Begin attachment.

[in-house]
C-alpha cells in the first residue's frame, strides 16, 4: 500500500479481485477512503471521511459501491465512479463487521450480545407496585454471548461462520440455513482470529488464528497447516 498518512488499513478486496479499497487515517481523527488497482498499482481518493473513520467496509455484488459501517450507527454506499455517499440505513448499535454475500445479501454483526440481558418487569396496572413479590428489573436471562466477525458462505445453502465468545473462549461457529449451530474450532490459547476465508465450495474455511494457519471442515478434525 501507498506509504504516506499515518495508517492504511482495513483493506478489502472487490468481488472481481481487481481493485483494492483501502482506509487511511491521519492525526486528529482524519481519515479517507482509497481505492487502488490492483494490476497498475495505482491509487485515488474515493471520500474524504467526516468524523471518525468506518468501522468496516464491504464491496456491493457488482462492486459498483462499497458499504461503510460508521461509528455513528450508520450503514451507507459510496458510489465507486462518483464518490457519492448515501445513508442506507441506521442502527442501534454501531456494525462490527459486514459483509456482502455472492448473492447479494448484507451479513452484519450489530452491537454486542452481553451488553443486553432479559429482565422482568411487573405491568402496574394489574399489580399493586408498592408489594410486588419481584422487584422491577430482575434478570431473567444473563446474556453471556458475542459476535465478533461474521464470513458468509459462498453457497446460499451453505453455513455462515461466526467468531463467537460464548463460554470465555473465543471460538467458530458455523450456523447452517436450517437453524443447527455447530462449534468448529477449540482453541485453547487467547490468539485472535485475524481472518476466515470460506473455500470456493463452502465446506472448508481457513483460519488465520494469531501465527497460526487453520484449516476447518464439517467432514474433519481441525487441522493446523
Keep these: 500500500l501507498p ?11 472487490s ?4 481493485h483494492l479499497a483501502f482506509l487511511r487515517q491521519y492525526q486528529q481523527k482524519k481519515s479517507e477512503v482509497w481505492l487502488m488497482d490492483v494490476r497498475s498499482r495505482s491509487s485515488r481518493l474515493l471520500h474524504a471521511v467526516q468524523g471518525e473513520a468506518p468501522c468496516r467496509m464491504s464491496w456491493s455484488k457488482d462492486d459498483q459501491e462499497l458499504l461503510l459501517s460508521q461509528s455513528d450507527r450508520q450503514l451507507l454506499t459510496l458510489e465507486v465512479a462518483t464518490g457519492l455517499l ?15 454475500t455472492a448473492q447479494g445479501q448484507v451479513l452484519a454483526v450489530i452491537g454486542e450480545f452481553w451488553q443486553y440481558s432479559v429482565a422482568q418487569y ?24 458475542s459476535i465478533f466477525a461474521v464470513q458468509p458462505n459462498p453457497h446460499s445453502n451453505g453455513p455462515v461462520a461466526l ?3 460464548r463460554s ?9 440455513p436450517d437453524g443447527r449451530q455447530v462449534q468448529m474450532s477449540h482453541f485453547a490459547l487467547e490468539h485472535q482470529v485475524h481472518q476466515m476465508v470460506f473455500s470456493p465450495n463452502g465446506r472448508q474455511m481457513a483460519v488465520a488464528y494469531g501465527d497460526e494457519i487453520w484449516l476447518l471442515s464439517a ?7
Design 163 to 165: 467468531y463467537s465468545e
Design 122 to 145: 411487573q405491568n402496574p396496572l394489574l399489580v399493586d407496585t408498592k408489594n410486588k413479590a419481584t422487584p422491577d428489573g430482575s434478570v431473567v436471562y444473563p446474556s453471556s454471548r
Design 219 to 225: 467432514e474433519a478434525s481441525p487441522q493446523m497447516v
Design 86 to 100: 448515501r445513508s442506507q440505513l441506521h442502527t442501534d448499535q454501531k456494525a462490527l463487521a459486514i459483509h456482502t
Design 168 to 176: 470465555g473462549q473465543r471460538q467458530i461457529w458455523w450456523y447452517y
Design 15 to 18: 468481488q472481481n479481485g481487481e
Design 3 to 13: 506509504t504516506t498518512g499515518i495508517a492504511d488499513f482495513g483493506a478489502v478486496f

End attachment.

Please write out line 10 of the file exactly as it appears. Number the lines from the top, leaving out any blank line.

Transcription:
Design 3 to 13: 506509504t504516506t498518512g499515518i495508517a492504511d488499513f482495513g483493506a478489502v478486496f